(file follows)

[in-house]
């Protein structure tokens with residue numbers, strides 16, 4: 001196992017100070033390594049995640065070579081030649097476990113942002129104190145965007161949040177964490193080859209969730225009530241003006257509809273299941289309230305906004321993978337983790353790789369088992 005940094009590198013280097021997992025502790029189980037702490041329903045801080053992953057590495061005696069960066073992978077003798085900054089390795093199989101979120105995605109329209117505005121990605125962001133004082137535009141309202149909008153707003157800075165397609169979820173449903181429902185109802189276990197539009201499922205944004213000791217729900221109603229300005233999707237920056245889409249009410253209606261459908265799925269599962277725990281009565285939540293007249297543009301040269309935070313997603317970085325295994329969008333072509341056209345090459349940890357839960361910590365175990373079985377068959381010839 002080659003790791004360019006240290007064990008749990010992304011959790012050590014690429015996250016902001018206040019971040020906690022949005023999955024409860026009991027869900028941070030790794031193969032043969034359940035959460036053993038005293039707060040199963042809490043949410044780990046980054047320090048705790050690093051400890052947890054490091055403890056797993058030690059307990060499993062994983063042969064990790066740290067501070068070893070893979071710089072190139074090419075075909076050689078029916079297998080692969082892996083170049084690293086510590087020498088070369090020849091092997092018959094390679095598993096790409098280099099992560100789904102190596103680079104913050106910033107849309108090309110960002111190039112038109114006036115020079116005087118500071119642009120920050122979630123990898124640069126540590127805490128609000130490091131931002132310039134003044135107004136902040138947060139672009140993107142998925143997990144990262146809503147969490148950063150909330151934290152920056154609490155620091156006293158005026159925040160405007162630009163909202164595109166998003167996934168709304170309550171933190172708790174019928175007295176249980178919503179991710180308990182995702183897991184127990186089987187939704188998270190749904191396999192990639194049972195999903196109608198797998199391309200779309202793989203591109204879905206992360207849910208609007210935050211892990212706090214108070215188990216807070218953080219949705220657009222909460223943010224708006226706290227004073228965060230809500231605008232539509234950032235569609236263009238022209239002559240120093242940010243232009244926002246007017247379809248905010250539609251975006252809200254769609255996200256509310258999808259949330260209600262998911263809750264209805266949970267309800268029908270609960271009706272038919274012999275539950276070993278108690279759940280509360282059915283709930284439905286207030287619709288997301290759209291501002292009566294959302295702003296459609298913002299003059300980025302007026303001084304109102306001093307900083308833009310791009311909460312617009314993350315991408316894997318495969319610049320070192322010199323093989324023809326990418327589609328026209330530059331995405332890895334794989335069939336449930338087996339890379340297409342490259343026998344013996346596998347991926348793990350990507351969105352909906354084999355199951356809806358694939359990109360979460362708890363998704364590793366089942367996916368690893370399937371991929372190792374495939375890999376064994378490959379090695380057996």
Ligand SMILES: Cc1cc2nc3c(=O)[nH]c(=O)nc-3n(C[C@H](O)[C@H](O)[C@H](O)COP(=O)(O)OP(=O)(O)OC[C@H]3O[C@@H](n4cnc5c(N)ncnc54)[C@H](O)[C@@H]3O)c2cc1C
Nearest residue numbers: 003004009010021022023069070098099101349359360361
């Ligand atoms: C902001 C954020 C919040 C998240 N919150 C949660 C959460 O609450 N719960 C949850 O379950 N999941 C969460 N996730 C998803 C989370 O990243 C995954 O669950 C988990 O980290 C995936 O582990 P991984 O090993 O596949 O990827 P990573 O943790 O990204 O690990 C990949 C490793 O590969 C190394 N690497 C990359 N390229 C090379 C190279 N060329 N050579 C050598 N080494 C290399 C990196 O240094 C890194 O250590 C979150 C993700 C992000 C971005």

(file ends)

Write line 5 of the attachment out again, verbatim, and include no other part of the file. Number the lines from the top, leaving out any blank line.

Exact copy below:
């Ligand atoms: C902001 C954020 C919040 C998240 N919150 C949660 C959460 O609450 N719960 C949850 O379950 N999941 C969460 N996730 C998803 C989370 O990243 C995954 O669950 C988990 O980290 C995936 O582990 P991984 O090993 O596949 O990827 P990573 O943790 O990204 O690990 C990949 C490793 O590969 C190394 N690497 C990359 N390229 C090379 C190279 N060329 N050579 C050598 N080494 C290399 C990196 O240094 C890194 O250590 C979150 C993700 C992000 C971005």